When did you first hear the name Whitey Bulger?
Years ago I was looking at the FBI most wanted list. Wherever I was working at the time had a very tight leash on internet access and one of the few sites we could visit was the FBI's. Another was the CIA's. Really. Important facts I learned that summer: the CIA viewed Canada as mostly harmless and the FBI's number two most wanted person was a gangster named James 'Whitey' Bulger. The head of Boston's Winter Hill Gang had been on the run since 1994. Wanted on a grocery list of charges, including nineteen counts of murder, with some kind of bizarre relationship with the FBI's Boston office and a near mythic violent streak, Bulger seemed more like a fictional character from an airport bookstore crime novel than a real-world person with real-world concerns.
And then The Departed happened. Jack Nicholson's Frank Costello is based on Bulger. Pete Postlethwaite's Fergie Colm in The Town is based on a couple of different Boston gangsters, Whitey Bulger among them. The tv series Brotherhood, the story of a criminal and his politician brother, was based on the Bulger brothers. By the time of his arrest in 2011, Bulger had become more than an old man on the run. He had become legend.
And when did you first hear the name Johnny Depp?
For some of us of a certain age, it was 21 Jump Street. He had already been one of Freddy's first victims in Nightmare on Elm Street and had a small part in Platoon. But 21 Jump Street, that right there made him a star. A mopey, moody, temperamental star who seemed to not only hate being a star but also hated acting. Which made his mopey, moody, temperamental fans love him more. He was just like us, just very, very, very, very good looking. Looking at his IMDB page is like looking at a list of some of the most iconic art films of the past 25 years mixed with some serious commercial successes and some giant bombs that would have destroyed lesser men. Who else could have Edward Scissorhands and Fear and Loathing in Las Vegas and Dead Man and Chocolat and the Pirates movies and Dark Shadows and The Lone Ranger on their resume?
So what happens when you take the Whitey Bulger story, with its violence and betrayal and twisted loyalties, and mix it with an eclectic actor who's mainstream success is based on playing a pirate as a combination of Keith Richards, Hunter S. Thompson and Pepe LePew? You get some faith that 2015 will turn out to be a great year for film after all. Sure, folks, we've seen some real wow-that-really-happened disasters so far, what with Fantastic Four and Aloha and Fifty Shades of Turns Out Not To Be The Worst Film of the Year. But any year that can see the release of Mad Max: Fury Road and Inside Out and Straight Outta Compton and Black Mass is shaping up to be a pretty damn good year.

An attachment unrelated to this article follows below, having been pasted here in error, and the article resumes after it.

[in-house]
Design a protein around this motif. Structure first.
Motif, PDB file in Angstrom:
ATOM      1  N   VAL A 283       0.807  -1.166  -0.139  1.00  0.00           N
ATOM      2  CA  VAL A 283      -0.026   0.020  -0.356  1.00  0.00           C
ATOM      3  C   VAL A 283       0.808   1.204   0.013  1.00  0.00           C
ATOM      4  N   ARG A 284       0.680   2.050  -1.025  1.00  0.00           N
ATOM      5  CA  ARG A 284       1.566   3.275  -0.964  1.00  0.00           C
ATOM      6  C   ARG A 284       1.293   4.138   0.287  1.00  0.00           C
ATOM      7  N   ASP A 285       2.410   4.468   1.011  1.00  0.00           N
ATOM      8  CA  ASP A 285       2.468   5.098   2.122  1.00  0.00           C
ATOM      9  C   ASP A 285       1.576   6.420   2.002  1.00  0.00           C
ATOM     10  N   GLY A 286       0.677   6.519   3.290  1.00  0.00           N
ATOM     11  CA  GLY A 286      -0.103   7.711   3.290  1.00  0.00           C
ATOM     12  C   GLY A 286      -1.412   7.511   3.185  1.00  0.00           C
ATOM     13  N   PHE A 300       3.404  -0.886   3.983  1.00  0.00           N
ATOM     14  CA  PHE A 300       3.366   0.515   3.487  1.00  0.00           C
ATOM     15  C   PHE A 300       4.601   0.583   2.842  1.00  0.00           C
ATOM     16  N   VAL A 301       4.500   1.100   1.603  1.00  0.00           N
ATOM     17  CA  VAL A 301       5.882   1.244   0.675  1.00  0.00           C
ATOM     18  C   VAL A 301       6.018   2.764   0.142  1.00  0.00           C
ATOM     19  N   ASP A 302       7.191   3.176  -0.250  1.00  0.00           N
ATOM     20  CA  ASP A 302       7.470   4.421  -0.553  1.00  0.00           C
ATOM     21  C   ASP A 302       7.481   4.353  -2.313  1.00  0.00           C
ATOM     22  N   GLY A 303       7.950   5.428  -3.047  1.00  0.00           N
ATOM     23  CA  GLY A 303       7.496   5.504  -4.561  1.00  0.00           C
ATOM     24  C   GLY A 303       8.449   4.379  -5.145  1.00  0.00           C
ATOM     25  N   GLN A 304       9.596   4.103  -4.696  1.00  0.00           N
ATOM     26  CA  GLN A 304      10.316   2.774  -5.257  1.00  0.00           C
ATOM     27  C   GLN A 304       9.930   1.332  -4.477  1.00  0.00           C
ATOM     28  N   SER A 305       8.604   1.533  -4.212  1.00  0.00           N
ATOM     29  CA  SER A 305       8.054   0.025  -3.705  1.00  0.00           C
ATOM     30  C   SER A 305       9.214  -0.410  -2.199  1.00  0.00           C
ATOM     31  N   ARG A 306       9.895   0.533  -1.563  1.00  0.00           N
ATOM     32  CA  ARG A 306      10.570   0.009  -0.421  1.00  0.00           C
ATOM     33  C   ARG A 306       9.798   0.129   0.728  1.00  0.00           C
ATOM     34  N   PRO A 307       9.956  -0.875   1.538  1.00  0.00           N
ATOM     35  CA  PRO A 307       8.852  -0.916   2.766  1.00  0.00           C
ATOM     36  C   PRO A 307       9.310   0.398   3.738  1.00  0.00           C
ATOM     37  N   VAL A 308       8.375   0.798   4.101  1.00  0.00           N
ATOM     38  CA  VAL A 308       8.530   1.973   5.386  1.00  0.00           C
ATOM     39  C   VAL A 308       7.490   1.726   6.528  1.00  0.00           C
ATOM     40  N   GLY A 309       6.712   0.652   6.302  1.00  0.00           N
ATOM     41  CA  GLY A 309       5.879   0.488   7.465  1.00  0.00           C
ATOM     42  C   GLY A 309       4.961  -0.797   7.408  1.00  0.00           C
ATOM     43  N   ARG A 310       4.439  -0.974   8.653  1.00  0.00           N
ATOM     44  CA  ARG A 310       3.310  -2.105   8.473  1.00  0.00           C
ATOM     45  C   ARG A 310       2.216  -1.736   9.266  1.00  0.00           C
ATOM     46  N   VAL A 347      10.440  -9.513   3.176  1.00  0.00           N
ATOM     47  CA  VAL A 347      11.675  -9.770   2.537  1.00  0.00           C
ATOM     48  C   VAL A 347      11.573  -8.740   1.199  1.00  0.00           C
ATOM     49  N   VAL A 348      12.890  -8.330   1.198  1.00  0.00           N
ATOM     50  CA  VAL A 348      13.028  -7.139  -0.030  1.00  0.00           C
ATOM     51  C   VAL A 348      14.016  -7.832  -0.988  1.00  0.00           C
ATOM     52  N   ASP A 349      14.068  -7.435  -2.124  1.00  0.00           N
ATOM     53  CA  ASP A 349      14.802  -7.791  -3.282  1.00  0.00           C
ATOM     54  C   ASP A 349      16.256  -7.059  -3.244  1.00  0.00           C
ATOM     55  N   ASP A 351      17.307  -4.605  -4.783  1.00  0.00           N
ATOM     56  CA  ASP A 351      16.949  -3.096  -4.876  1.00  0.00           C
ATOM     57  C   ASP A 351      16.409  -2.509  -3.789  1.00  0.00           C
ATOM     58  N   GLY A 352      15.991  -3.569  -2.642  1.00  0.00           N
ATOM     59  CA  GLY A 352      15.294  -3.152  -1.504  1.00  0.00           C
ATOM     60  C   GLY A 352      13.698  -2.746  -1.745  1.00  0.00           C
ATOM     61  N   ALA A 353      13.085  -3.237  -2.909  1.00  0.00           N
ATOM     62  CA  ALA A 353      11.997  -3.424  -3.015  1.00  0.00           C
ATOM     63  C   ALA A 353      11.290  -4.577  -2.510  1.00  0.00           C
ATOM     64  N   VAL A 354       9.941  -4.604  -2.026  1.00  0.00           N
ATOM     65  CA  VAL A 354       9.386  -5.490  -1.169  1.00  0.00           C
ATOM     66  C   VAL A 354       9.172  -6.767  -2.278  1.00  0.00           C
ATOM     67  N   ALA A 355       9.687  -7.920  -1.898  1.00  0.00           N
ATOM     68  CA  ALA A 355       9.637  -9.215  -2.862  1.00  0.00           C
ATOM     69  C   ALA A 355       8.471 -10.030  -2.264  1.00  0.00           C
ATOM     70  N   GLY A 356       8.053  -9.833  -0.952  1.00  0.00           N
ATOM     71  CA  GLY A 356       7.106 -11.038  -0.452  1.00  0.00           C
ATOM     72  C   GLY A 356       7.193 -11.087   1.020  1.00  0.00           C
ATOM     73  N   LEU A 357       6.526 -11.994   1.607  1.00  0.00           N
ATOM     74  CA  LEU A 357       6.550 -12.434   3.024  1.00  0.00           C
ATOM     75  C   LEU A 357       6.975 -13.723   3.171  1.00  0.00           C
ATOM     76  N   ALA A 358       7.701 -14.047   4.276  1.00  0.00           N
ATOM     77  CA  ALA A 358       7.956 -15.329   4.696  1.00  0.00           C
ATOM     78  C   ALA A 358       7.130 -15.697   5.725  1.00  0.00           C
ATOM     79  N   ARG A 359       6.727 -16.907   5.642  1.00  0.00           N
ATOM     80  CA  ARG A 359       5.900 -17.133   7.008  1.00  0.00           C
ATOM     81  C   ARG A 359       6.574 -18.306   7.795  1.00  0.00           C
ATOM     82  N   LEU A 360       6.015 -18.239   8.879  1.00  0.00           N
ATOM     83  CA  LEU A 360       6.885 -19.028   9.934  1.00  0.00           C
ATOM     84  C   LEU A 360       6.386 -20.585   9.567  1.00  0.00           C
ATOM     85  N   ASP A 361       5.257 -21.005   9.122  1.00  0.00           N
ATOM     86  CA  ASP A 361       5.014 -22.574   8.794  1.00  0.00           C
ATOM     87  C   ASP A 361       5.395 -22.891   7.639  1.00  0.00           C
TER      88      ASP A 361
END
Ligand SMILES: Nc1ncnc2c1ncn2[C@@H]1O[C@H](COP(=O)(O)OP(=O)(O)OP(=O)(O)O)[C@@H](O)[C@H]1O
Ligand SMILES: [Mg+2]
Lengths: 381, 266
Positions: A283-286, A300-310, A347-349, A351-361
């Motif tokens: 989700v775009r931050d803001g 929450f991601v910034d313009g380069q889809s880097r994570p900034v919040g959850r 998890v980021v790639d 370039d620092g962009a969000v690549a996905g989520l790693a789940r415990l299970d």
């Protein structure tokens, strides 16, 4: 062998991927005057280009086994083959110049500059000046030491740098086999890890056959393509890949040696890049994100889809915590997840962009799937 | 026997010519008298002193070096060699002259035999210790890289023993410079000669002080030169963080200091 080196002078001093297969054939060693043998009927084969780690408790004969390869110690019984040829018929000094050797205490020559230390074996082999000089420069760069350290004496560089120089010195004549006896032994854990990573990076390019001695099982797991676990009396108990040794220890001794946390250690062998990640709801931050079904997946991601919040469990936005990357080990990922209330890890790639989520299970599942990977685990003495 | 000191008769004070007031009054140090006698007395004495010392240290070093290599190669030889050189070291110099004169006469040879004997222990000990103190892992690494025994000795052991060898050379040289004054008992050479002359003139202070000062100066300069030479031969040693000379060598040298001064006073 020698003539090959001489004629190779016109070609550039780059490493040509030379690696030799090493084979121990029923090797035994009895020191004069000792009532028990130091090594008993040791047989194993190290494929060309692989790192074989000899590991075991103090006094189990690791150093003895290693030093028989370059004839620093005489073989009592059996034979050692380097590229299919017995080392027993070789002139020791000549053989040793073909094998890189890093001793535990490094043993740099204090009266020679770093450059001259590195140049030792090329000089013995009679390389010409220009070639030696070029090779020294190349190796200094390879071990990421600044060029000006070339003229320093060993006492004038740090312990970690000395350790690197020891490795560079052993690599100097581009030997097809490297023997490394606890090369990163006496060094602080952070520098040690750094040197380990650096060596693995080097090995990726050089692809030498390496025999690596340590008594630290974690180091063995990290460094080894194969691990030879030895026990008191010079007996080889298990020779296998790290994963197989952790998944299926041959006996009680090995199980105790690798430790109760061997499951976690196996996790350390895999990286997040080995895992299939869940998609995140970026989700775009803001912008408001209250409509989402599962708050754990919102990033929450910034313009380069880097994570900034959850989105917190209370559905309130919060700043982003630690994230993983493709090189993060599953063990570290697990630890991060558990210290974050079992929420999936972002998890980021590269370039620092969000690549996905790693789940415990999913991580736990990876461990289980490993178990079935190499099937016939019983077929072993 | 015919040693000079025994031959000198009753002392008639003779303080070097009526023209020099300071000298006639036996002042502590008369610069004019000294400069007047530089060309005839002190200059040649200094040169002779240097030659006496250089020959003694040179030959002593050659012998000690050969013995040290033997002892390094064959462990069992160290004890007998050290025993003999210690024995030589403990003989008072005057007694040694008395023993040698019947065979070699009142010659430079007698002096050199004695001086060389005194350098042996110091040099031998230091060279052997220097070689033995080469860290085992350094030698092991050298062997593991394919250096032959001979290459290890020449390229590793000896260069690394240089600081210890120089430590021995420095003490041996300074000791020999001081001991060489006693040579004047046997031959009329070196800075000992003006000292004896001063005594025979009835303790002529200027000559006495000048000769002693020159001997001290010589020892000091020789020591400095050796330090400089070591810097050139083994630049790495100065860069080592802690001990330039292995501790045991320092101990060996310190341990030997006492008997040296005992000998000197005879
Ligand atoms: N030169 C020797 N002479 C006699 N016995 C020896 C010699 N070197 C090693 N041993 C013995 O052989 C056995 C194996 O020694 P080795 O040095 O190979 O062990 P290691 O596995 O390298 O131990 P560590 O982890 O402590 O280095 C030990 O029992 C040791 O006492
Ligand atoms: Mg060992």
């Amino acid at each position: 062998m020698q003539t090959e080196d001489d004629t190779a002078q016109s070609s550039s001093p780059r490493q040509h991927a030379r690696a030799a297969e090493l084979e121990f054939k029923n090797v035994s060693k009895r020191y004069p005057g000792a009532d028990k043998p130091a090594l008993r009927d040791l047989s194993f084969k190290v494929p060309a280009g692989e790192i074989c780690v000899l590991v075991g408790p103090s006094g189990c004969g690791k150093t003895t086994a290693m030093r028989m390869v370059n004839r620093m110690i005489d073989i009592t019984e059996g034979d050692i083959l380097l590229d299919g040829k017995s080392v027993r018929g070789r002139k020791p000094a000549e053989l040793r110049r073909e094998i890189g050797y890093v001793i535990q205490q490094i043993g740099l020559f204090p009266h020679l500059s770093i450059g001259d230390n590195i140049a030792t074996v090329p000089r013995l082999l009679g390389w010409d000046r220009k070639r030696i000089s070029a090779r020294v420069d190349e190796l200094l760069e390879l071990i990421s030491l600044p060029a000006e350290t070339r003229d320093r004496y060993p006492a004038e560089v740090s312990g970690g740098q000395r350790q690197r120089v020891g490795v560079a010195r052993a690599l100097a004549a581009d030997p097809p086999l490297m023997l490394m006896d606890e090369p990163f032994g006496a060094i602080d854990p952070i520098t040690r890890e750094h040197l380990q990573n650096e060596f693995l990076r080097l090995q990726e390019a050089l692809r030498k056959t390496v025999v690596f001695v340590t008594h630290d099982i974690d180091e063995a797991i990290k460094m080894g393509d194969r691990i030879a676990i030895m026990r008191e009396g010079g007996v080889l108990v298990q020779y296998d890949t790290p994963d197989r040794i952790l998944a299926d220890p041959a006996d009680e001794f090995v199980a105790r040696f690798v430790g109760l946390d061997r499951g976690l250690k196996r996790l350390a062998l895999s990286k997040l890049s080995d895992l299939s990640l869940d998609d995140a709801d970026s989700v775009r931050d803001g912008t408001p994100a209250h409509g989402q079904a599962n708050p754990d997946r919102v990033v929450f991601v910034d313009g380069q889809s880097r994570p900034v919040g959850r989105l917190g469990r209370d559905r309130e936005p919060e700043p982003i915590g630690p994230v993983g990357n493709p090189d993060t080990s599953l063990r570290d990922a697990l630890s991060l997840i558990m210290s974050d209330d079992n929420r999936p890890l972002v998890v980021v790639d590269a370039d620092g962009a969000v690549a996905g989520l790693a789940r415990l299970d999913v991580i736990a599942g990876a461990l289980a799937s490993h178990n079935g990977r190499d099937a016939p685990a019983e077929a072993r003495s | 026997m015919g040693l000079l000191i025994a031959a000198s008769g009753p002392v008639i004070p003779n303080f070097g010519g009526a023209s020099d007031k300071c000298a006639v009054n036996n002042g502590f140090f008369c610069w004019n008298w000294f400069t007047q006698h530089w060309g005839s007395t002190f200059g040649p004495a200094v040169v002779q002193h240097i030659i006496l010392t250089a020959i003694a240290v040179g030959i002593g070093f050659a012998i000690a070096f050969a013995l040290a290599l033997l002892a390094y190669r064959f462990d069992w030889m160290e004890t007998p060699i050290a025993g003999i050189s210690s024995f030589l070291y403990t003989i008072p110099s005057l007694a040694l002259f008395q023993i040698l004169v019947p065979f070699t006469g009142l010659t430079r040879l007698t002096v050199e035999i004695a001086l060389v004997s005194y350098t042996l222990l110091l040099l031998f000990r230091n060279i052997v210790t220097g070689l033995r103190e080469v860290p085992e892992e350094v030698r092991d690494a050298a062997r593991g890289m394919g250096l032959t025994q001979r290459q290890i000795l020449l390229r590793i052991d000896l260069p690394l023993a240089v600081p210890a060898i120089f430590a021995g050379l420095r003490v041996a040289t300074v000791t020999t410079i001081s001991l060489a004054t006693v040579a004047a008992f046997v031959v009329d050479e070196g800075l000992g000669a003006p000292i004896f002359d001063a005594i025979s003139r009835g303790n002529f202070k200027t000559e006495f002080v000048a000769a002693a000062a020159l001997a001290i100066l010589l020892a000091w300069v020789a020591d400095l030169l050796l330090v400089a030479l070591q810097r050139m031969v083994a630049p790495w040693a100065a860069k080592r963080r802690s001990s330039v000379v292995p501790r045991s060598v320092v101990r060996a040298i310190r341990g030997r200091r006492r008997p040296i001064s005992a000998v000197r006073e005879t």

Black Mass covers roughly 20 years of the Whitey Bulger story, with sporadic narration from Bulger's lieutenants and a flashback structure that is ballsy and slightly insane. Johnny Depp gives one of his strongest performances in years, portraying Bulger not as a monster and not as a sympathetic understandable human but somewhere in between. It must have been tempting to just turn Bulger into a cartoon, the Roadrunner as pure evil. But to play him as an unredeemable king of manipulation, as a human with all too human selfish desires and needs, as a man who wants and wants and wants and takes and takes makes the character real while at the same time nightmarish. The coldness of Depp's performance is something that needs to be experienced to be believed. This is a side of Depp that I've never seen before and it is frightening while being incredibly charismatic at the same time.